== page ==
News & Updates

Capital Ward Bulletin: Zero-Emission Buses, public consultations and a party at Mutchmor rink!

Black History Month

Across the country, Canadians will dedicate February to recognizing and learning about the contributions of African, Caribbean, Black (ACB) Canadians to the rich history and culture of our nation and communities.

This year also marks the 28th official Black History Month in Canada. This year’s national theme is “Ours to Tell,” which asks Canadians to remember the legacies of so many remarkable individuals and ACB-led organizations and encourages ACB Canadians to continue telling their stories with each new experience.

Capital Ward Bulletin: Snow Removal, Public Consultations and the New Vacant Unit Tax

Happy 2023 and welcome to the first Capital Ward Bulletin of the new year! After a bit of a lull over the holidays, things are starting to heat up at City Hall. Here’s some news and happenings that you might be interested in.

Capital Ward Bulletin: Airport Parkway Widening, Holiday Events and Bill 23

The new term of council kicked off last week, and I’m excited to get to work with my new and returning colleagues!

Stop Bill 23

Stop Bill 23

It’s good to be back! Here are your Capital Ward updates

Next week, the new term of council starts, and I am honoured to be returning to City Hall as your representative. There will be a lot of important work to do, and, together, I am certain we can improve quality of life in Capital Ward and make our city a healthier, more sustainable place for people.

Thank you to everyone who has put their faith in our team.

We’re Hiring!

We’re looking for a Councillor’s Assistant to handle office and administrative duties. Part-time to start, likely moving to full-time in the future. Check it out:

Capital Ward Bulletin: Election Season in Ottawa, Trees on Bank Street and Construction Updates

It’s an election year in Ottawa, so this will be the last Capital Ward Bulletin before election day on October 24. This is in respect to the blackout period that is put in affect according to the City of Ottawa's Election Related Resources Policy. Members of Council who are seeking re-election may not publish electronic newsletters during this period.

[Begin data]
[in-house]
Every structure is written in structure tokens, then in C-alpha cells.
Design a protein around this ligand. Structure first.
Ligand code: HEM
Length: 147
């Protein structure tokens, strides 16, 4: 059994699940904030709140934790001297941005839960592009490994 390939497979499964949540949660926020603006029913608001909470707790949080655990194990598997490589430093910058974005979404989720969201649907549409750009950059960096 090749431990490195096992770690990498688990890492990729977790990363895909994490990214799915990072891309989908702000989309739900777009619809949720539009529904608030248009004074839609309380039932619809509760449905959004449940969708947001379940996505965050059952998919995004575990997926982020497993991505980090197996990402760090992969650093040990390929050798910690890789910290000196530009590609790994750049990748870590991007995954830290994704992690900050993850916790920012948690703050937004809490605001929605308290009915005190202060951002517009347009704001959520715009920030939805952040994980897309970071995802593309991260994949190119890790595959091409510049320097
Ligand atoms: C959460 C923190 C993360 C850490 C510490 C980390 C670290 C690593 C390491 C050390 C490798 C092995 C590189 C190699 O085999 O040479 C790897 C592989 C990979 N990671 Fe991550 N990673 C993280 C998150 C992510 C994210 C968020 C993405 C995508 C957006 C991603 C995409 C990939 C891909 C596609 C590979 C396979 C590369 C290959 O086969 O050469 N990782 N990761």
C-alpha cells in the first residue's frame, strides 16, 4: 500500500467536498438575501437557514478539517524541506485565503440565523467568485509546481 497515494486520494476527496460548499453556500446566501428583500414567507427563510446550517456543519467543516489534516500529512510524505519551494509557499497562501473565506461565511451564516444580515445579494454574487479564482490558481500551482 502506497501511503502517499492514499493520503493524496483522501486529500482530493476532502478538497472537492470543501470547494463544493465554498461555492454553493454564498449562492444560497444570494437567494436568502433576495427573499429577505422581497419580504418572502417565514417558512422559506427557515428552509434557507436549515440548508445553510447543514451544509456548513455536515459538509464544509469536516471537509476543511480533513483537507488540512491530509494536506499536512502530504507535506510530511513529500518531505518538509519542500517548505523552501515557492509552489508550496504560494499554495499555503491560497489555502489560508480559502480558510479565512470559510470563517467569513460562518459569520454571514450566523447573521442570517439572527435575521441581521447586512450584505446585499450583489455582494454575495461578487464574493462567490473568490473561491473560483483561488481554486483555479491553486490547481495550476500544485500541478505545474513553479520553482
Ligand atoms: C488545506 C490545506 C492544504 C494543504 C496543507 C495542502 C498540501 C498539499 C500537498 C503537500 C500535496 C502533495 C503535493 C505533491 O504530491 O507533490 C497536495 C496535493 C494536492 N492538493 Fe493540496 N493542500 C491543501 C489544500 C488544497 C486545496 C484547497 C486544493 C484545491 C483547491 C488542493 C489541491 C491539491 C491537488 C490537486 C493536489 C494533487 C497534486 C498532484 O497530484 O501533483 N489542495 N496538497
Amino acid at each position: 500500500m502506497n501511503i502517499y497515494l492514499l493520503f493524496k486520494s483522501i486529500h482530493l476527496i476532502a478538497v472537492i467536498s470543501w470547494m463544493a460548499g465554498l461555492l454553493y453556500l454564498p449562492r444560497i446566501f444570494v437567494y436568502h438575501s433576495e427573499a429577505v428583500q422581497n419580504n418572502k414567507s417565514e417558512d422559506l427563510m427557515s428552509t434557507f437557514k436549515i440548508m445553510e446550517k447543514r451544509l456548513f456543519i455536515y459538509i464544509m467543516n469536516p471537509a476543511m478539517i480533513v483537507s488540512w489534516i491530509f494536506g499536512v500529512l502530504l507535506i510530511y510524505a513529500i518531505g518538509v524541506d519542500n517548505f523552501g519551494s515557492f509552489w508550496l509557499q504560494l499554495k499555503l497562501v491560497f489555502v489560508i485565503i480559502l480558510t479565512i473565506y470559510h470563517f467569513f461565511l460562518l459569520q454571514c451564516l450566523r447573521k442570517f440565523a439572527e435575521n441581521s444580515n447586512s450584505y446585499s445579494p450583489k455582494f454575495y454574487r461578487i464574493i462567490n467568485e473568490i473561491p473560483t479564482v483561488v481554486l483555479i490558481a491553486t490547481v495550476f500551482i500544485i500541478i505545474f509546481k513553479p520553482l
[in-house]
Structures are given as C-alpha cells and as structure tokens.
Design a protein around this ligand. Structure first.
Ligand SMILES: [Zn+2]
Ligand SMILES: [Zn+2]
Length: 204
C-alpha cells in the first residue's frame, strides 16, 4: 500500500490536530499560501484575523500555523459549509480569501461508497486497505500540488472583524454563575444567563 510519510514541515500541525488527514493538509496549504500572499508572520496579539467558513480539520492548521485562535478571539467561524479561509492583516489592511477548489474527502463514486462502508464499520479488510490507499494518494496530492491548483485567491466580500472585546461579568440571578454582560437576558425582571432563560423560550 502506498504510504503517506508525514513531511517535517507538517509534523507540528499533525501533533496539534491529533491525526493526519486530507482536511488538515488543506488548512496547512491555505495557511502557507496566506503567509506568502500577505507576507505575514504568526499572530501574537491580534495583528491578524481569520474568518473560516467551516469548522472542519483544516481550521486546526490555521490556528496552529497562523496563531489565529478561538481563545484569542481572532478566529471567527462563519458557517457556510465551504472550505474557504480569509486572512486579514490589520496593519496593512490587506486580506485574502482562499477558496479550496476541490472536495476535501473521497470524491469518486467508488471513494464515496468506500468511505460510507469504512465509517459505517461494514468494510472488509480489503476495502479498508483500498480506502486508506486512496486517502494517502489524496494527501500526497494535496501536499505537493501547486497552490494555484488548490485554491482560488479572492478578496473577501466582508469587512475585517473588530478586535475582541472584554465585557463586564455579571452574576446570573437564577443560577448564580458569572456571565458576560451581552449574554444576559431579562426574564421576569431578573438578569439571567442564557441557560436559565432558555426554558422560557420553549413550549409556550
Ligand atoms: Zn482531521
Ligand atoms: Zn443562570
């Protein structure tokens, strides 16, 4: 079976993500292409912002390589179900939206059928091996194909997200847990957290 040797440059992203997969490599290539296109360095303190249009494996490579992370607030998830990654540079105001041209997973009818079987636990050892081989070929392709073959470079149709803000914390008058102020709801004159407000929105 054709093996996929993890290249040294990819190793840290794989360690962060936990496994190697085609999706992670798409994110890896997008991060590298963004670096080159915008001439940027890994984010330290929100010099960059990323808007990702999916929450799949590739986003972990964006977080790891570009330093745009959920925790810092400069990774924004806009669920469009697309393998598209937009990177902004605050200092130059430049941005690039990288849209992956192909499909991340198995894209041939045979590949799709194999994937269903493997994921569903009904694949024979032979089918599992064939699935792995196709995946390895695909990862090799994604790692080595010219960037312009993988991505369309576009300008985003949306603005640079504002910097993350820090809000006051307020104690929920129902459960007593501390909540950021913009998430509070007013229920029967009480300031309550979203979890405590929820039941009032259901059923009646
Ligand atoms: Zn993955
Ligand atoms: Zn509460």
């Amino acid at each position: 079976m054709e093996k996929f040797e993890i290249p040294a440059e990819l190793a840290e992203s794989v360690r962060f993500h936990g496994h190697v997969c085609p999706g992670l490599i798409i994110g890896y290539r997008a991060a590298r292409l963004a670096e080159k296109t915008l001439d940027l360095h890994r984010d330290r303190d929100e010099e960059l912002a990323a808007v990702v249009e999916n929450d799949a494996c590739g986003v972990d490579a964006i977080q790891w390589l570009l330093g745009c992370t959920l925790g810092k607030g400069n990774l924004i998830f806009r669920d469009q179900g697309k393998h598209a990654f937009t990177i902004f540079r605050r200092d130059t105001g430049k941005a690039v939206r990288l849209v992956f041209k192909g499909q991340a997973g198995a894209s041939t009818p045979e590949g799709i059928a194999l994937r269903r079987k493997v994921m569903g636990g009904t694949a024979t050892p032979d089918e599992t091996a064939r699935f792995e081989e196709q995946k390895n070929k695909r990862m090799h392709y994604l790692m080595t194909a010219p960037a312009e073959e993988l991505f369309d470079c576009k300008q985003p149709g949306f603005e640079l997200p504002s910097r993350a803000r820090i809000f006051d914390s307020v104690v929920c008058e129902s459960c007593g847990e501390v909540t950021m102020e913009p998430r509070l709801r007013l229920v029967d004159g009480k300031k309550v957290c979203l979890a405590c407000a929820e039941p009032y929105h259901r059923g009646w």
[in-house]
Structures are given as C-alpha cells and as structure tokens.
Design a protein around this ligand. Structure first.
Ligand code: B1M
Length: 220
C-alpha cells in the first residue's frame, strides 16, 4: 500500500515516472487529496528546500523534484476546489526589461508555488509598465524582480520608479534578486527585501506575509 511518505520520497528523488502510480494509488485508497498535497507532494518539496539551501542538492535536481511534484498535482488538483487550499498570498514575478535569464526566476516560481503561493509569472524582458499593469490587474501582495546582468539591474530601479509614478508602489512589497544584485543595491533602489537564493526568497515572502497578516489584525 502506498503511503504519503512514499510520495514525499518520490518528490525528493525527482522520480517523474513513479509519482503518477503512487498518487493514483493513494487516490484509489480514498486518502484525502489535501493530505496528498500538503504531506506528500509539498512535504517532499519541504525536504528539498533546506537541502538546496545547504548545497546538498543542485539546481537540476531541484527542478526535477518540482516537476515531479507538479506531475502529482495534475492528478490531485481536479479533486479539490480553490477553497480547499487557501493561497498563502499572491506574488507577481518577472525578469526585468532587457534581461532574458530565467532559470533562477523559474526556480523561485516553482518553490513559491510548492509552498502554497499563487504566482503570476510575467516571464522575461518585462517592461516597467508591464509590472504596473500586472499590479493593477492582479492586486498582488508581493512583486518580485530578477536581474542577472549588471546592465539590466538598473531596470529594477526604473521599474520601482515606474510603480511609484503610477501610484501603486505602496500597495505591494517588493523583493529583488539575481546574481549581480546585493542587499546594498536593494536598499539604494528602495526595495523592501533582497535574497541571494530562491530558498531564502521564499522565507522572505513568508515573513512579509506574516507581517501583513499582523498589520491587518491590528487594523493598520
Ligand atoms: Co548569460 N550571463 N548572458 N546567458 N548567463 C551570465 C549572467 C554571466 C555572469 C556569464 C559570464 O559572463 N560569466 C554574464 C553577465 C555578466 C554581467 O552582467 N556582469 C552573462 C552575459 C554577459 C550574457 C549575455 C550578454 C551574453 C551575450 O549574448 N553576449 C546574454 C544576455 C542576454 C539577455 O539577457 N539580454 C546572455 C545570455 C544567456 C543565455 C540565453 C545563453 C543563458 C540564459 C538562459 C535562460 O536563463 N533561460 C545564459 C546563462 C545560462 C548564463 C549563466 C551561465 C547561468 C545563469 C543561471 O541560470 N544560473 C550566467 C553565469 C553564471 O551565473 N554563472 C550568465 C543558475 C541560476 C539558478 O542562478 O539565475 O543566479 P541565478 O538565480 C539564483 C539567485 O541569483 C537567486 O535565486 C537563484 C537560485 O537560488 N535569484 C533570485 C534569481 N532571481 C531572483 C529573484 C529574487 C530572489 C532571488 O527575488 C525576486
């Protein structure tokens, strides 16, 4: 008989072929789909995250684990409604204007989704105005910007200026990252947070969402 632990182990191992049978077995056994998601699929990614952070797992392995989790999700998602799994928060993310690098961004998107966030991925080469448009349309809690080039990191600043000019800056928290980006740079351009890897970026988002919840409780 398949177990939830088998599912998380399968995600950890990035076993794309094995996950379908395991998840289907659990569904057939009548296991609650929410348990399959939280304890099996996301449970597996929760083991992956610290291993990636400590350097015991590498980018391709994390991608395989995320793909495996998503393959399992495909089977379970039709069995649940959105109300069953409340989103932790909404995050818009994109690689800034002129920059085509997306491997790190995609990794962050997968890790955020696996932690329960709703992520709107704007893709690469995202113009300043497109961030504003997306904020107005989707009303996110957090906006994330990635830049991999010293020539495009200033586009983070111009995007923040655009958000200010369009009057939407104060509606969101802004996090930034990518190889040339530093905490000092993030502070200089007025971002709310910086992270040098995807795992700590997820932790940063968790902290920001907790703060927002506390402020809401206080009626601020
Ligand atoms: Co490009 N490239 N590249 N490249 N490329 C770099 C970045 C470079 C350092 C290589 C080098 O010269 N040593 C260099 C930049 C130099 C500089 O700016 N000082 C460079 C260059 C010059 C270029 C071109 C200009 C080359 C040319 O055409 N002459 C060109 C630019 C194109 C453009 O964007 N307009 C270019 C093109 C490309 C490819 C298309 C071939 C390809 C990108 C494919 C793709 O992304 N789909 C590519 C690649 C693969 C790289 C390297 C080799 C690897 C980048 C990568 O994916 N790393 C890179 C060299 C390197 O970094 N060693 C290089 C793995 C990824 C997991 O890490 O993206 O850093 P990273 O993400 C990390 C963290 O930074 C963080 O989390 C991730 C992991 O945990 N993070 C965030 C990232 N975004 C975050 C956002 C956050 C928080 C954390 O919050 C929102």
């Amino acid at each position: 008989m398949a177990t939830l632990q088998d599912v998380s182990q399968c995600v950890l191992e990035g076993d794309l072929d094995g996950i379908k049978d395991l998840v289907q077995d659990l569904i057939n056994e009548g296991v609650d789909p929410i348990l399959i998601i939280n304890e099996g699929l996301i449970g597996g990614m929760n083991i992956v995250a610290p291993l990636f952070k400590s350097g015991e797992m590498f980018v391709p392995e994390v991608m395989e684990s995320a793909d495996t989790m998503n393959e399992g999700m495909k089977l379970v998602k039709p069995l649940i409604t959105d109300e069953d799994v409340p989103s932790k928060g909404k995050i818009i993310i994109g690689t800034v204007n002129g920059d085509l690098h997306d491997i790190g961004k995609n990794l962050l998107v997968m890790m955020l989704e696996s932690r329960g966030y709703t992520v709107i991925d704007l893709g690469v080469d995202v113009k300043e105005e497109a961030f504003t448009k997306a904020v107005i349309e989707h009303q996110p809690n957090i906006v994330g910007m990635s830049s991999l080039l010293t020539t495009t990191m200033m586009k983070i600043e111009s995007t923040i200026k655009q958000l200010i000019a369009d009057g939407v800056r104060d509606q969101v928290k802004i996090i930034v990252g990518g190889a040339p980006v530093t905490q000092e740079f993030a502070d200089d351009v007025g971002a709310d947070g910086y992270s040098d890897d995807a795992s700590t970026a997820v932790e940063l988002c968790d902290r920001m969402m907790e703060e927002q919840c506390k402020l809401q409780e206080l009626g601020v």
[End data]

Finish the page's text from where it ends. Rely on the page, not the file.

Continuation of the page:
For city-related news and information during the blackout period, you can visit the city's website.

For contact information for all candidates currently registered for the 2022 Municipal Elections, please visit the city’s election website.

Future Seniors Affordable Housing Being Planned in Capital Ward and Old Town Hall Saved

For Immediate Release

On Monday, Capital Ward Councillor Shawn Menard joined councillor Mathieu Fleury, le Conseil des écoles catholiques du Centre-Est (CECCE) and Ottawa Community Housing (OCH) representatives on a tour of the Deschâtelets Building in Capital Ward. This heritage building is being refurbished to house a new elementary school, a community centre, new daycare spaces and affordable housing. Through an innovative partnership between le Conseil des écoles catholiques du Centre-Est, Ottawa Community Housing and the City of Ottawa, we are working towards the Deschâtelets Building becoming an intergenerational hub to serve the growing community of Old Ottawa East.

Capital Ward Bulletin: Trees, Transportation and New Attractions at Lansdowne

Brewer Park and Arena

Recently there was an erroneous news report regarding Brewer Arena. Brewer Arena had been converted to a COVID-19 testing site at the outset of the pandemic. Presently, Brewer Arena is returning to its regular usage. The city has re-started the rink, and we expect ice use to resume this month. Public Pool use returned earlier this year.

The testing centre and testing kit distribution is continuing at a trailer in the Brewer Academy parking. This should not have an impact on the arena or the pool, and we look forward to having the arena back in full operation imminently. 

Capital Ward Bulletin: Good News for Capital Ward!

This summer and fall, residents can expect a lot of new projects taking shape in our ward. This is a result of collaboration amongst residents, community associations, city staff and our office. Thank you for all you have done to deliver on these accomplishments.

Capital Ward Bulletin: New Parks, Construction Updates and a Decision on Lansdowne 2.0

Council Approves Next Steps on Lansdowne 2.0

Last week, city council approved the business and financial plan, and $332.6M in debt authority regarding the re-development of Lansdowne Park. This comes less than ten years after the last multi-million-dollar re-development of Lansdowne was completed. Unfortunately, it was approved without public consultation, despite explicit direction from council in July 2021.

Capital Ward Bulletin: Lansdowne Update, LRT Public Inquiry, OC Transpo Route Change and Invasive Species Update

Lansdowne Update

Next week, an OSEG proposal to re-build the north side stands and civic centre at Lansdowne will go before city council. It was last summer that the city asked staff to look into a rejuvenation plan for the park, and the current proposal—which includes building three towers of 35, 40 and 46 storeys along the stadium, and building a new event centre into part of the great lawn—is what we have in front of us.

The entire project will cost $332.6M, and the city would take on significant new debt and interest payments.

Our office has a number of questions about this plan—which we go over on our website—but our biggest concern is the lack of public consultation.

Capital Ward Bulletin: Spring 2022 Community Update

Upcoming Consultations

In the coming weeks, our office will be hosting a number of public consultations. Please consider this an invitation to participate in any that interest you: